In New York City, a Brave New Benoit
Alain Ducasse’s famed New York City restaurant Benoit went through a major facelift in 2016: The proprietors took a very traditional French bistro and breathed new life into it. Today, it boasts a much brighter, more contemporary and modern vibe, and the front bar currently operates as an inviting wine bar. Not only have the aesthetics been given a makeover, but so has the menu and culinary ethos of the establishment.
The key reason for this change came after the introduction of Laëtitia Rouabah, who came on board as chef de cuisine roughly a year ago. After having earned her professional certificate in culinary arts at the Chamber of Craftsmanship in Versailles, she worked in various kitchens, many of whom belonged to Alain Ducasse, scattered throughout Europe (including Hotel Plaza Athénée; Alain Ducasse at The Dorchester; Jules Verne, Alain Ducasse’s iconic restaurant atop the Eiffel Tower; and Allard). Allard most famously employs an all-female kitchen staff, of which Ducasse is very proud.
Given her culinary background and pedigree, Rouabah knows the art of classic French cuisine inside and out — from every sauce to each technique, she knows how to execute it flawlessly. However, she viewed a great need to lighten some of the traditional French classics for those guests who wanted an authentic French experience filled with incredible flavors and technique, without the heaviness that would inevitably come along with it.
She has married the two concepts, thus staying true to a cuisine she loves while using fresh, local market ingredients coupled with an expert technique to showcase classic French dishes. This fact is evident from so many of the plates that come out of her kitchen day in and day out.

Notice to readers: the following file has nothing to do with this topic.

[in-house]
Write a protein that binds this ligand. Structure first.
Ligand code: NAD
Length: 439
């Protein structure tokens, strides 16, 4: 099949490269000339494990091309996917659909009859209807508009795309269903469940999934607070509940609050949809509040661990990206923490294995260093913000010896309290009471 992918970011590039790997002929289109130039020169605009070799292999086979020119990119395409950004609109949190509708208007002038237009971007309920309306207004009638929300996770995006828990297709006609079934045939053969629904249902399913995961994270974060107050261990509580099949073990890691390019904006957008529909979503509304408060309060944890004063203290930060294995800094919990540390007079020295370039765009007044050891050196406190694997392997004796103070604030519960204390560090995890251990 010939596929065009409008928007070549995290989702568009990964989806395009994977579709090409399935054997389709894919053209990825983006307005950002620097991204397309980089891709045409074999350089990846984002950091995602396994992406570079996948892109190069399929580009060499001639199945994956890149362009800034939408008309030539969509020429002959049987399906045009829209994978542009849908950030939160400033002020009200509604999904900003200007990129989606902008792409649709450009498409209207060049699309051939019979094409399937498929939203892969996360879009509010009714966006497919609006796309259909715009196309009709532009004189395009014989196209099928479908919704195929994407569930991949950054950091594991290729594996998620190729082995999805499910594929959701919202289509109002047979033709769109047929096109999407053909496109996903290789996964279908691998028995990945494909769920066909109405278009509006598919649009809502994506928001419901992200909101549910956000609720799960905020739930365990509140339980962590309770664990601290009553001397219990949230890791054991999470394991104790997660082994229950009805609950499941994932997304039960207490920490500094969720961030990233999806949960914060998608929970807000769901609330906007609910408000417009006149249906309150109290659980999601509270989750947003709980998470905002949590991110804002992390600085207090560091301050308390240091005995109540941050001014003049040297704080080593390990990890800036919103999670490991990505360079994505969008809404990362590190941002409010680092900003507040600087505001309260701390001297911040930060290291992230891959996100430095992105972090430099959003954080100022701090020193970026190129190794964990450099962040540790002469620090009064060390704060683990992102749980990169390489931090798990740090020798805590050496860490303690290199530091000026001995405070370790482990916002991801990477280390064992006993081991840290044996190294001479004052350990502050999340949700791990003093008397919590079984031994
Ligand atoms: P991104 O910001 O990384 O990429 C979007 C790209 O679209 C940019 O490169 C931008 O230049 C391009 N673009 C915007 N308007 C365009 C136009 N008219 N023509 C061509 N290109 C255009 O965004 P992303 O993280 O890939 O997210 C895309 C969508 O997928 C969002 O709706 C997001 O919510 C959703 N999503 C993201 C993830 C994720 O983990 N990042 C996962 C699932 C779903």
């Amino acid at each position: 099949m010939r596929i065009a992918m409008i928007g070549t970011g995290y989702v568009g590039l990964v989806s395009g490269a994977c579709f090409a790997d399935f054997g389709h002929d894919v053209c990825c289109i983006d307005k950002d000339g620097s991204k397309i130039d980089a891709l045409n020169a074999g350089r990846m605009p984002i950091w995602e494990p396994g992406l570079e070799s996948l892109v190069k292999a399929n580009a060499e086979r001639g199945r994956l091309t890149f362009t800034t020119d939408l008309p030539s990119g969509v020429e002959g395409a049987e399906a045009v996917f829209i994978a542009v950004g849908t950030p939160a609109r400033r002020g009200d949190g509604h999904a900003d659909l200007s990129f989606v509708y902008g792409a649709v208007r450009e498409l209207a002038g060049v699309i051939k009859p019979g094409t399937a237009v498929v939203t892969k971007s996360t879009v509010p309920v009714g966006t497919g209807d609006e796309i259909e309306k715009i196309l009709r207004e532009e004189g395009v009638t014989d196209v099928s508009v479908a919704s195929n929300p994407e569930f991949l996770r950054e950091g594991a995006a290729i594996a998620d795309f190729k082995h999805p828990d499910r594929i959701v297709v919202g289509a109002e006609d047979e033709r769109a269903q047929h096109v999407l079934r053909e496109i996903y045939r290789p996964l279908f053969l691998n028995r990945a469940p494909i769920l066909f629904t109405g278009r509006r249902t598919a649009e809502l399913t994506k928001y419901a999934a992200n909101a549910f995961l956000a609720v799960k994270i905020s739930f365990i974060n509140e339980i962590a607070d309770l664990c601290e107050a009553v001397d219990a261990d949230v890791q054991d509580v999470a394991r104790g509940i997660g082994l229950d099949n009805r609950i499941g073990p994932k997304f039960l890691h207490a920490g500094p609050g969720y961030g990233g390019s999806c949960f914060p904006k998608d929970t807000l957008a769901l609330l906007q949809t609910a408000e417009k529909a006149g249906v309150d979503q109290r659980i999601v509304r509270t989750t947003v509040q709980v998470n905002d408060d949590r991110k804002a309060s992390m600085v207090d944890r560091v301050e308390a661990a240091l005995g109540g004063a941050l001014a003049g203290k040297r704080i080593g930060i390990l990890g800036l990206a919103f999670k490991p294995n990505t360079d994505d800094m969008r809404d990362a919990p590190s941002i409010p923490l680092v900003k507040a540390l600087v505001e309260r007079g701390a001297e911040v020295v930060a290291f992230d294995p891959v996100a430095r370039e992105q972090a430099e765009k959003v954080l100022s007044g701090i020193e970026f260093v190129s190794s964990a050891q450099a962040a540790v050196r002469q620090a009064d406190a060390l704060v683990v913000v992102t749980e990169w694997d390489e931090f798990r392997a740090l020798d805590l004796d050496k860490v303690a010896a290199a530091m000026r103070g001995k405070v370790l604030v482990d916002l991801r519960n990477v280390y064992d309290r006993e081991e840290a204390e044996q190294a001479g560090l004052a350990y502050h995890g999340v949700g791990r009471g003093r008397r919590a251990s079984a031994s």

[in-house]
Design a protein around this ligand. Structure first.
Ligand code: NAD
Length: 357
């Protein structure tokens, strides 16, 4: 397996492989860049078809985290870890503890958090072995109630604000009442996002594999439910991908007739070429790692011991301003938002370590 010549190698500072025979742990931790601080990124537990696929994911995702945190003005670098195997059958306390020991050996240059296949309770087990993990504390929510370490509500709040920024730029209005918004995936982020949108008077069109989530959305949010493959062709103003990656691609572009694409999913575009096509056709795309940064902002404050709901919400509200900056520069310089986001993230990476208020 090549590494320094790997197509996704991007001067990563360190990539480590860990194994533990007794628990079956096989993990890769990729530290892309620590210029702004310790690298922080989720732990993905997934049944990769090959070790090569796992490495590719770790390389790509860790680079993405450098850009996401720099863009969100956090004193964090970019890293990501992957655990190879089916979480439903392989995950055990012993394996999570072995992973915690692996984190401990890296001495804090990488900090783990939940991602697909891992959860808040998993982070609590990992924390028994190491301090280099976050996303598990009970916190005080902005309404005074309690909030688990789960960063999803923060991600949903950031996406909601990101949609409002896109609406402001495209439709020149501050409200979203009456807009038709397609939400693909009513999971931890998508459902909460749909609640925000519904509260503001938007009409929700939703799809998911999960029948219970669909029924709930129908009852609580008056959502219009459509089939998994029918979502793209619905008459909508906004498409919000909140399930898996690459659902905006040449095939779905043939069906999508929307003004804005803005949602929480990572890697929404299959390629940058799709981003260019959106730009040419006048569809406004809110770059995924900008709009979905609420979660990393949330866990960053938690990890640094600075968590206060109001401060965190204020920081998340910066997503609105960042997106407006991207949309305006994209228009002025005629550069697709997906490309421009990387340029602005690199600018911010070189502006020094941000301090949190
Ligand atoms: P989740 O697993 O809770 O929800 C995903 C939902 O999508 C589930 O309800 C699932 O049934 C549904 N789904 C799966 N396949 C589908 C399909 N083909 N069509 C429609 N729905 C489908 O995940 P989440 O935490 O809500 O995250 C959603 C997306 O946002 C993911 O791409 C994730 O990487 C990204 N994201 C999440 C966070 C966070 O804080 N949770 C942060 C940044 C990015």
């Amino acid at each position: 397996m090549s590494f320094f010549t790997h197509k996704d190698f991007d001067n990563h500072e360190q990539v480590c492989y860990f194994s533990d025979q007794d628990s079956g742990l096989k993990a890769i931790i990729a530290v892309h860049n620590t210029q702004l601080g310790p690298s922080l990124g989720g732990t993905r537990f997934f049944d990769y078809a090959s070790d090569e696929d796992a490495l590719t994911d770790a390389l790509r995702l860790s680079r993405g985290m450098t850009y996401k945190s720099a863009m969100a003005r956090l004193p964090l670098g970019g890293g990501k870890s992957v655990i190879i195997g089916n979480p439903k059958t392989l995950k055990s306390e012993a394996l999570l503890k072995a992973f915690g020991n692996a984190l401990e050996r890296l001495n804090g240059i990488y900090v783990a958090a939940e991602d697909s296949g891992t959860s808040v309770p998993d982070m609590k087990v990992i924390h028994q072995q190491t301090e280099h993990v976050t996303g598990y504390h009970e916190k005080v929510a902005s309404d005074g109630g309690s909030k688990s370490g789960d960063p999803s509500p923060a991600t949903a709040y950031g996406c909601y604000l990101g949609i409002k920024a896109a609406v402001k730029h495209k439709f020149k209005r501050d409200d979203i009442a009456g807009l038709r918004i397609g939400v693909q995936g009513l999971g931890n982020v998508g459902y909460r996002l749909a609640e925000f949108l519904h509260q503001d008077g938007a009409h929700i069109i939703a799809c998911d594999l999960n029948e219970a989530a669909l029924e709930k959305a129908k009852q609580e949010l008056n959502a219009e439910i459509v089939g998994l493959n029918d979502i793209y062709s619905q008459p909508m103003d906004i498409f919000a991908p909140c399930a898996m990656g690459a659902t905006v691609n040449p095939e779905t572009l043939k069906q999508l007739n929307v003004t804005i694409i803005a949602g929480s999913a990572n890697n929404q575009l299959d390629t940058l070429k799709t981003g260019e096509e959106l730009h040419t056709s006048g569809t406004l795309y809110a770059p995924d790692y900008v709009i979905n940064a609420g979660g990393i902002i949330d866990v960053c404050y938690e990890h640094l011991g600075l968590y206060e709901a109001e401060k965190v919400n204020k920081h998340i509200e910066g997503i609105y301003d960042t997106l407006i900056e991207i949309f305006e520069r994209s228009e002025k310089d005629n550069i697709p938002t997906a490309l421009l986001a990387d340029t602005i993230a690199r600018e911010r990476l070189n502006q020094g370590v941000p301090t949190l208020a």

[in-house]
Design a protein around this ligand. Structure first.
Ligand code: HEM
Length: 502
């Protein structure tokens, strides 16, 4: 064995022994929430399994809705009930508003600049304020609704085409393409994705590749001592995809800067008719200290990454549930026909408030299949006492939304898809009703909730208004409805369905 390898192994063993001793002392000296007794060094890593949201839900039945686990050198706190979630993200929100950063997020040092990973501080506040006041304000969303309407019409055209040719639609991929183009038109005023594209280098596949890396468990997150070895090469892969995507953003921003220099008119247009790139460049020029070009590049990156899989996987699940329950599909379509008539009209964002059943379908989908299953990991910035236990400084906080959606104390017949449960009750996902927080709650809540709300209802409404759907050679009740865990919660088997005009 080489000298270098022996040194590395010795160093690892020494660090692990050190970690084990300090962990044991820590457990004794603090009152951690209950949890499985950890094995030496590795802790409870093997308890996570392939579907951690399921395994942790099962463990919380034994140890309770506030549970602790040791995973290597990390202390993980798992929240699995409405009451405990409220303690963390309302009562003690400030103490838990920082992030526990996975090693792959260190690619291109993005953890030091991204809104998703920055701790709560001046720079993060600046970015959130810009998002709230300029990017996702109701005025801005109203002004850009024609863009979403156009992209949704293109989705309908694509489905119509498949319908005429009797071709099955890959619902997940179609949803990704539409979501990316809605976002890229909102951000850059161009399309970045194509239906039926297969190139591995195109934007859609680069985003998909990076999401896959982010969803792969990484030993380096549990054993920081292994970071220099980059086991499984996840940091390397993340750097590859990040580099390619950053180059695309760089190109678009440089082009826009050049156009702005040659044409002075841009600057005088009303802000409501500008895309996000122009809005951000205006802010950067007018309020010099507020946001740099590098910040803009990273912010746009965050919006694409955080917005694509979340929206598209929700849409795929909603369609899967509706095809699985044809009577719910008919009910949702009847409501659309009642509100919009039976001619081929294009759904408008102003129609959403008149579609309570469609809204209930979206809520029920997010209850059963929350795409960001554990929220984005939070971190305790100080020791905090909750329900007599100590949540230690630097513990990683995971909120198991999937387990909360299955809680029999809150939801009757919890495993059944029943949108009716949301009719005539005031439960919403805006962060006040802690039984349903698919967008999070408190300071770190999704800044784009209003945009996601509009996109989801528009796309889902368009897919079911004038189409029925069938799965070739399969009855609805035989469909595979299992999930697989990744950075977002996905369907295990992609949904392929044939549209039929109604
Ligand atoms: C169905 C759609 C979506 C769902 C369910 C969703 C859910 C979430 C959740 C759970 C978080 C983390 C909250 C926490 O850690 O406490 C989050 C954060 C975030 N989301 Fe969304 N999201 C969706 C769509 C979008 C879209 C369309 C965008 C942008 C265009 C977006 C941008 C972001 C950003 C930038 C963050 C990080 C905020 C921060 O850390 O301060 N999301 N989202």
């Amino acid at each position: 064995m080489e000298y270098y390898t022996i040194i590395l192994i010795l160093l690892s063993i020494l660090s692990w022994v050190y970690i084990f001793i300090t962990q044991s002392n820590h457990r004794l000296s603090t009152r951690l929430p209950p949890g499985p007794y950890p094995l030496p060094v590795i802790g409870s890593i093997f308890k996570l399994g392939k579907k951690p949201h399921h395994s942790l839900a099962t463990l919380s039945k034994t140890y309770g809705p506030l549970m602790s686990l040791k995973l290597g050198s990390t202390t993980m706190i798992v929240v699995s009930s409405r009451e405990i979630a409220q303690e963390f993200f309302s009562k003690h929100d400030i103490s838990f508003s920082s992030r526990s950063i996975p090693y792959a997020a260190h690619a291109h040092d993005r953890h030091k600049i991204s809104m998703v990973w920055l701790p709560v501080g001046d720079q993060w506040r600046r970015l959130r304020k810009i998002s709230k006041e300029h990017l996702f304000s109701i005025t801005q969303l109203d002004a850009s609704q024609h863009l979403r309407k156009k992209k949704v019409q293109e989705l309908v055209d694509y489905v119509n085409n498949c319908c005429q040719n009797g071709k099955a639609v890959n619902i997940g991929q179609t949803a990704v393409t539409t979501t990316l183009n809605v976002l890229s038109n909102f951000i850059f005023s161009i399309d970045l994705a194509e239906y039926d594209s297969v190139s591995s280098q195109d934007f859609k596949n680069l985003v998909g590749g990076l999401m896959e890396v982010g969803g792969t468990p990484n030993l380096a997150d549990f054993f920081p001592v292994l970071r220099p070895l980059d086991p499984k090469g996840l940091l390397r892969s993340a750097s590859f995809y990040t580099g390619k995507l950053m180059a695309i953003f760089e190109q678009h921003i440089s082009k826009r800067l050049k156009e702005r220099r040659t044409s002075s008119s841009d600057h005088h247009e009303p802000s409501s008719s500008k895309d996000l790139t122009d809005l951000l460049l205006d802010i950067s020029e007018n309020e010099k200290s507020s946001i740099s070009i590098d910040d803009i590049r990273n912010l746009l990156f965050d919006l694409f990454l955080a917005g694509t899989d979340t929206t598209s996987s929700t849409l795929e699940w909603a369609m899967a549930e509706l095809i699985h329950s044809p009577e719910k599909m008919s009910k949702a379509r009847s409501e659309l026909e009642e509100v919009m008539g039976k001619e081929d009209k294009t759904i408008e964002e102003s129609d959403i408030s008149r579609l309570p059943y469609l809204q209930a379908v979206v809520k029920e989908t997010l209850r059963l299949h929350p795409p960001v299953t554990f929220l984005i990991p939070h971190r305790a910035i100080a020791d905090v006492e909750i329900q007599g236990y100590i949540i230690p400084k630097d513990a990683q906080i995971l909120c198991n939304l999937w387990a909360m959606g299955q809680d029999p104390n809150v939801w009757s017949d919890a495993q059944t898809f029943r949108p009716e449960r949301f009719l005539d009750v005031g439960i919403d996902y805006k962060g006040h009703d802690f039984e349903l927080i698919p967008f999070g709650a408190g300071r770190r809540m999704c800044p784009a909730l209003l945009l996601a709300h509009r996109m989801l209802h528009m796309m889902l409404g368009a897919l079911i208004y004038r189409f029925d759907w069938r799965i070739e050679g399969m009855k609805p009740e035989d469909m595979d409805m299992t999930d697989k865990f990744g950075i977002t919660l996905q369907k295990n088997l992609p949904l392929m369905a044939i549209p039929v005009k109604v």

For the hors d’oeuvre section of the menu, some lighter additions and small bites worth trying include rabbit porchetta with mustard and tarragon, squid with chickpeas and spices and butternut squash with cured duck. The classics that are not to be overlooked are the duck foie gras terrine with fall fruit chutney and Parisian brioche, and the outstanding escargots with garlic and parsley butter.
The chef is also more than accommodating to food allergies and intolerances and even offers guests gluten free bread, should they wish to substitute that for brioche in any of the dishes. They also provide a host of vegetarian and pescatarian dishes on the menu including items like roasted cod with mango and passion fruit rougaille sauce or steamed striped bass with spelt and seaweed, topped with black olive and lemon.
Whether you consider yourself a French cuisine purist, or someone who is looking for lighter, more contemporary fare, the culinary and front of house team at Benoit will certainly deliver the experience you are looking to have.